Marc: I’m not sure I would use the word hard, but ‘Perspective…’ was certainly more challenging. Being male, and narrating a novel in a first person female voice making it believable for readers, is what I knew I needed to do in order to put the book out. It took some serious prep work to learn the little differences in how men and women speak. Then it was a matter of making sure as I wrote that my characters didn’t fall back into that voice that makes them sound as if they were written by a male.
I took it one step further when I made Shelly (Esther’s girlfriend) British. I wanted her to have a certain flare and I couldn’t achieve that with her being from the states.
Me: Have you always wanted to write? When did it start?
Marc: I’m not sure that I would use the word “always” but looking back I have always been a scribbler. I have notebook with me almost everywhere I go, just incase I need to jot something down to write about later.
It’s been about twelve years since I began writing and ten years since I muttered the words “I want to write a book.” It started with poetry and I was surprised as anyone when I began writing it. For almost two years poetry was all I wrote and loved to write it.
Me: Both of your novels are only in Kindle ebook format. Any plans on going paperback?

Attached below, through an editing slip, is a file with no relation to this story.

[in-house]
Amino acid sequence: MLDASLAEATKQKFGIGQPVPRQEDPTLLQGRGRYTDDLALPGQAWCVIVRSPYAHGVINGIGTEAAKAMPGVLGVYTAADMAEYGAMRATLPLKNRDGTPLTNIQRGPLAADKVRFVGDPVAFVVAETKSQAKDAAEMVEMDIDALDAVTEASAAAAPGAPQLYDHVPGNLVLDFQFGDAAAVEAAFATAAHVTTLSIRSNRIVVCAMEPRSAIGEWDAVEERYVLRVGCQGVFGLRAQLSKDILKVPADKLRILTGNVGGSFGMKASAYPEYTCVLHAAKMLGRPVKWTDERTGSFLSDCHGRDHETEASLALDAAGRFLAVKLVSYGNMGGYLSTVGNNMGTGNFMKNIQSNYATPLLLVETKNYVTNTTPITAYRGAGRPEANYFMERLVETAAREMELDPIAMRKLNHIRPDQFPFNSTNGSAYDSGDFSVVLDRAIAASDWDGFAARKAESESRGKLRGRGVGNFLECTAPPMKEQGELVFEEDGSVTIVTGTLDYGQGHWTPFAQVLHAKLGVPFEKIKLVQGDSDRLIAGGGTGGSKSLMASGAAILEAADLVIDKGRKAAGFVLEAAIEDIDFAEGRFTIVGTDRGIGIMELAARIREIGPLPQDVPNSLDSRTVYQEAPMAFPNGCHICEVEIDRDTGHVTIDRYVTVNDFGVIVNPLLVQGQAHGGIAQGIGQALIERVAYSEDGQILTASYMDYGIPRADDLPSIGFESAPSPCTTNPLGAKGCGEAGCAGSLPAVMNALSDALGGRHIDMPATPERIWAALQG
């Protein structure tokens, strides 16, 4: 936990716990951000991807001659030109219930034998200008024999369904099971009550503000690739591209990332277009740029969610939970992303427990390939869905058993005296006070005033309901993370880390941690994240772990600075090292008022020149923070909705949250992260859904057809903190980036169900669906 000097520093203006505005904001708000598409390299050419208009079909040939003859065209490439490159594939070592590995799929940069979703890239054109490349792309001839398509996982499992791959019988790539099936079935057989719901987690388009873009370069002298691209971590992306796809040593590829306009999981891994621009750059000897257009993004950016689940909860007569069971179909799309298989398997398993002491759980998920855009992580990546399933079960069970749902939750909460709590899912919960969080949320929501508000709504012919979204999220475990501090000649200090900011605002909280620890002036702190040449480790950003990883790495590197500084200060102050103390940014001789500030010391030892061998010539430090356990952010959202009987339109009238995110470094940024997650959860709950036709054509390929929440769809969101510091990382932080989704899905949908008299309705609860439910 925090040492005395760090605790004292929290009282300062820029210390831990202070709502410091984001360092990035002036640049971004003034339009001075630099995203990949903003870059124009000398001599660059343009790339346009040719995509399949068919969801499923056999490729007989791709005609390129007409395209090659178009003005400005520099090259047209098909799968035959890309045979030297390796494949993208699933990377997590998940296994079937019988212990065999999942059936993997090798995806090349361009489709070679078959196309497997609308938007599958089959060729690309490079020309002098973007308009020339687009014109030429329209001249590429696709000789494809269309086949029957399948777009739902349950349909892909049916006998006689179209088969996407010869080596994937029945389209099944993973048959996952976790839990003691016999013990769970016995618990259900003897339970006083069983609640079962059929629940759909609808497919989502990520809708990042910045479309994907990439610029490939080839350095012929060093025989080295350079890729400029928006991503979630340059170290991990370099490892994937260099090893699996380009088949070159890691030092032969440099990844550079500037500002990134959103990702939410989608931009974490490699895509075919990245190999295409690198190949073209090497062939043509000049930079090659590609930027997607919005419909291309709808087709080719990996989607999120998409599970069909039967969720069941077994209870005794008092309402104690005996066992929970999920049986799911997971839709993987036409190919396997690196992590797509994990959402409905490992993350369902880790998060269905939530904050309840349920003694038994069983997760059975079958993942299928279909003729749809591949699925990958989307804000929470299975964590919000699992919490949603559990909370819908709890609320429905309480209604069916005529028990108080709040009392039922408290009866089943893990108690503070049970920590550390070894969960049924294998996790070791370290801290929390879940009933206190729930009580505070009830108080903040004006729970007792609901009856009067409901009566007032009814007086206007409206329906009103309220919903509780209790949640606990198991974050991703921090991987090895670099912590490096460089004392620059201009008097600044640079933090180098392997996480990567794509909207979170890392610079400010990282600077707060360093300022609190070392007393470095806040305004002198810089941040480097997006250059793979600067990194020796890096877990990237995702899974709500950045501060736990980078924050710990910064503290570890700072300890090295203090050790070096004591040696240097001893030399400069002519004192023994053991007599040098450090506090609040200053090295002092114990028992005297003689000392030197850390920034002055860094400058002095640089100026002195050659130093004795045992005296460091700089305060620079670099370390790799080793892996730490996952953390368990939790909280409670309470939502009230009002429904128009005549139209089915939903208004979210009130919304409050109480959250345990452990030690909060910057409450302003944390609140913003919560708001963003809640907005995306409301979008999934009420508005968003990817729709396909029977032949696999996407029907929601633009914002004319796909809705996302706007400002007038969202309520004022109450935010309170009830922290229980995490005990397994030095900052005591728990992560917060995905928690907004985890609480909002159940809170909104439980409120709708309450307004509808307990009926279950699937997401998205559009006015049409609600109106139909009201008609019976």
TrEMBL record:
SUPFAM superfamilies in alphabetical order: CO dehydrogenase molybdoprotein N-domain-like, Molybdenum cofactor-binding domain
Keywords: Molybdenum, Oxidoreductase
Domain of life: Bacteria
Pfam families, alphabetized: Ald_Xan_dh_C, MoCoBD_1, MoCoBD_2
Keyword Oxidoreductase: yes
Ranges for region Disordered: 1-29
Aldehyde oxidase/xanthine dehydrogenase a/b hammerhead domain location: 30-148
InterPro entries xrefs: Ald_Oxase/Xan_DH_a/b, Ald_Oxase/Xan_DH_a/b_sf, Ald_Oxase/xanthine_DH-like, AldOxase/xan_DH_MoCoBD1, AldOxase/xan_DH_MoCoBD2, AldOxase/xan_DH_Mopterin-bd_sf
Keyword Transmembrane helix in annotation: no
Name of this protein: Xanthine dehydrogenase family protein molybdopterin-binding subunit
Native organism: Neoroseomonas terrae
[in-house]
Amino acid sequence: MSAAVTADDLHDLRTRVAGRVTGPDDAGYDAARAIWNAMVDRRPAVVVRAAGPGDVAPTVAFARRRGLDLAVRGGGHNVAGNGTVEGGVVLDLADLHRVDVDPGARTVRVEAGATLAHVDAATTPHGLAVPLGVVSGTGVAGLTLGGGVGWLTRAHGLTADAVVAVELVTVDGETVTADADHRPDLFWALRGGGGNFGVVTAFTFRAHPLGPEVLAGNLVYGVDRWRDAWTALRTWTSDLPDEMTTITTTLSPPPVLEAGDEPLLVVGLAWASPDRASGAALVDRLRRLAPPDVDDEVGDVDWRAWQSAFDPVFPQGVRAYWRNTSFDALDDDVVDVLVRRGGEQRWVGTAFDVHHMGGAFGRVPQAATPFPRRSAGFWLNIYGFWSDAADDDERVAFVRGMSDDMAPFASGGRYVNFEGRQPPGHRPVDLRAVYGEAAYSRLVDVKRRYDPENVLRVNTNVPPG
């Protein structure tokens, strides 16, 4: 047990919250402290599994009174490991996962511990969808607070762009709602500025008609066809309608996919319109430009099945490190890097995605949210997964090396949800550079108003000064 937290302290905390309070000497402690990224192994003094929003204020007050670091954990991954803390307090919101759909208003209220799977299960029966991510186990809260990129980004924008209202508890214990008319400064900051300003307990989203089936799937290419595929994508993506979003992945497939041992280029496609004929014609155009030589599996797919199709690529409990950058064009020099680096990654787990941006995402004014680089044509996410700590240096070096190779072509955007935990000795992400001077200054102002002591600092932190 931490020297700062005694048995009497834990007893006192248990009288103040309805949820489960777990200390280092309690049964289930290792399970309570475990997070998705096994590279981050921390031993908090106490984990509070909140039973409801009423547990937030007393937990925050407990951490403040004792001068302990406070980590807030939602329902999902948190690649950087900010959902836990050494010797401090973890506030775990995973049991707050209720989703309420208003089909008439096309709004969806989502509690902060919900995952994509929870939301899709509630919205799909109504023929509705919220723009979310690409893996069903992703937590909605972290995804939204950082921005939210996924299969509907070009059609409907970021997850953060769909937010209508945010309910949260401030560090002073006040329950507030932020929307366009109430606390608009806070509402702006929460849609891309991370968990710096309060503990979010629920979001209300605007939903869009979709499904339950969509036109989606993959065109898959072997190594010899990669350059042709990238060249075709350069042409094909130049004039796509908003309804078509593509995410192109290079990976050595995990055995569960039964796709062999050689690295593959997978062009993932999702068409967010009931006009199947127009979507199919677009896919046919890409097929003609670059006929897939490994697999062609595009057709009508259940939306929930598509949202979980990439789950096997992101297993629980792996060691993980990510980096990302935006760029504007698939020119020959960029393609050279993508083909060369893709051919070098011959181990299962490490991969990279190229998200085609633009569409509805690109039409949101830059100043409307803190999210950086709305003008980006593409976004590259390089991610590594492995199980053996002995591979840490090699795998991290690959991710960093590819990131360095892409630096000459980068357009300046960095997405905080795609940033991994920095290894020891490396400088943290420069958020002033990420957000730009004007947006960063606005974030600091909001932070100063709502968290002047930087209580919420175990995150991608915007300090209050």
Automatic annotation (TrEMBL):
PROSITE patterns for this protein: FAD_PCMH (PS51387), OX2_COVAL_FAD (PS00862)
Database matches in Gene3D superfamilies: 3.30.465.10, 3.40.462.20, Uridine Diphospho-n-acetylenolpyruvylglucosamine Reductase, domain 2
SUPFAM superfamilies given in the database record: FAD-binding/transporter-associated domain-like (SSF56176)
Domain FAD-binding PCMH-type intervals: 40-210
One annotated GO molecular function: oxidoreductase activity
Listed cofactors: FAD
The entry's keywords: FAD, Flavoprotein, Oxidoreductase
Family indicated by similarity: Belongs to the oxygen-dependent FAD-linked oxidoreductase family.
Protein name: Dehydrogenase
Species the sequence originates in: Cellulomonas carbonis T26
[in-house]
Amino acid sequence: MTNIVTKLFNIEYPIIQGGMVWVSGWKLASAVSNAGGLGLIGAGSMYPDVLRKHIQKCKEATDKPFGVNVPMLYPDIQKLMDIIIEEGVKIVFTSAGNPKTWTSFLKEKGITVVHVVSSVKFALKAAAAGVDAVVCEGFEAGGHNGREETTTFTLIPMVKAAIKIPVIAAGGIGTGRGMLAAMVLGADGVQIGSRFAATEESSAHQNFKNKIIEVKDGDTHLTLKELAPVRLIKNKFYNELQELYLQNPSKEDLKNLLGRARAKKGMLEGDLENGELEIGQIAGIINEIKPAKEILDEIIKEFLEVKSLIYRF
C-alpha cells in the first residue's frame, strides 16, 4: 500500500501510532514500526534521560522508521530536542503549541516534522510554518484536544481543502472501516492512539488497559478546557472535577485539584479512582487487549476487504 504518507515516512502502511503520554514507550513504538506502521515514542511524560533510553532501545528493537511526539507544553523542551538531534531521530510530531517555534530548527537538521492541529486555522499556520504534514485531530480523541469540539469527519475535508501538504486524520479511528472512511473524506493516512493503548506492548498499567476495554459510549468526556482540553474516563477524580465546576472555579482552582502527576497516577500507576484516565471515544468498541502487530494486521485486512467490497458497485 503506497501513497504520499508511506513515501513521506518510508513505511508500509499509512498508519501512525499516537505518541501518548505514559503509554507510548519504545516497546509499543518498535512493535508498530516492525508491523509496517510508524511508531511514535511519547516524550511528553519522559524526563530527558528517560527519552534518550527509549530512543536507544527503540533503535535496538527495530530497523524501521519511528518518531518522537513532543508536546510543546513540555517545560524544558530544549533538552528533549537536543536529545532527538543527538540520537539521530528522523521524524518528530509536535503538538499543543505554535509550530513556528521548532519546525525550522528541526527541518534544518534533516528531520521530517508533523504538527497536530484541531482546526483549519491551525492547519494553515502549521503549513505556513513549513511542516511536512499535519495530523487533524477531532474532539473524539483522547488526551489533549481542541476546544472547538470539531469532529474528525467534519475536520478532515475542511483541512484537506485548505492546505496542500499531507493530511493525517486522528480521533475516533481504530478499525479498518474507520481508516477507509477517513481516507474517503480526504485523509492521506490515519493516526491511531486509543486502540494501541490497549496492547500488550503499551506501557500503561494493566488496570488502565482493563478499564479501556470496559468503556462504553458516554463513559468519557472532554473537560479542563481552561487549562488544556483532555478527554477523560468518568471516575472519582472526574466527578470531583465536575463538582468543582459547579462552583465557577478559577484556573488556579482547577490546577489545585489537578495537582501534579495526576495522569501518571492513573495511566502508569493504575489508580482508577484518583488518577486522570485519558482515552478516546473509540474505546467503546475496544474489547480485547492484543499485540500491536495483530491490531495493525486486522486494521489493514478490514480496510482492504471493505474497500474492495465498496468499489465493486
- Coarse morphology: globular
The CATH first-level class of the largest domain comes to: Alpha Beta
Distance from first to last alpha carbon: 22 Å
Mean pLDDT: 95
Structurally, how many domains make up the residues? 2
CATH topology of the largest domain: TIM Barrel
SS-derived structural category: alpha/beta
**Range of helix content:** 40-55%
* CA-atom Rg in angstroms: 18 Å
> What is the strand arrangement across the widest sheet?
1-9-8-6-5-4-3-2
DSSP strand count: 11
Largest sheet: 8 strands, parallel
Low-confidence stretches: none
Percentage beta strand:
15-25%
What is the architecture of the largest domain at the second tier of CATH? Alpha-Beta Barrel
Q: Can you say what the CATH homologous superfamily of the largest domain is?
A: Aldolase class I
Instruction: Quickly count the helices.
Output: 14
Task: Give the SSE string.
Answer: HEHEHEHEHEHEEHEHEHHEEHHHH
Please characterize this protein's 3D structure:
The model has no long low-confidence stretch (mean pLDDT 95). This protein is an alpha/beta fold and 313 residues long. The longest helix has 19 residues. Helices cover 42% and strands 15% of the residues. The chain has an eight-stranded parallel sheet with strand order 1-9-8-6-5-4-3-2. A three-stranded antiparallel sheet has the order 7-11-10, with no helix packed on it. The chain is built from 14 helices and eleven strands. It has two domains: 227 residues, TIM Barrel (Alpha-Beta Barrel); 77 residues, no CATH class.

Marc: Absolutely, Yes!
Here’s why they are only ebooks for now, I did what I was suppose to with “What Killed Jonathon Harnish?”, I wrote and polished a query letter then spent a year emailing and sending it out to agents. I pitched the novel to nearly two hundred twenty-five agents and publishers. I will do the same with Perspective.
The thing that has changed in the last half decade is the revolution of the ebook. It allows writer’s access to readers, (which can get them a following) in a fashion that they never had before. But I will definitely be pitching “Perspective” to agents after the first of the year.
That being said however; via Smashword.com they are available in every format not just Kindle:
Me: Are you planning on releasing anything new in the year ahead?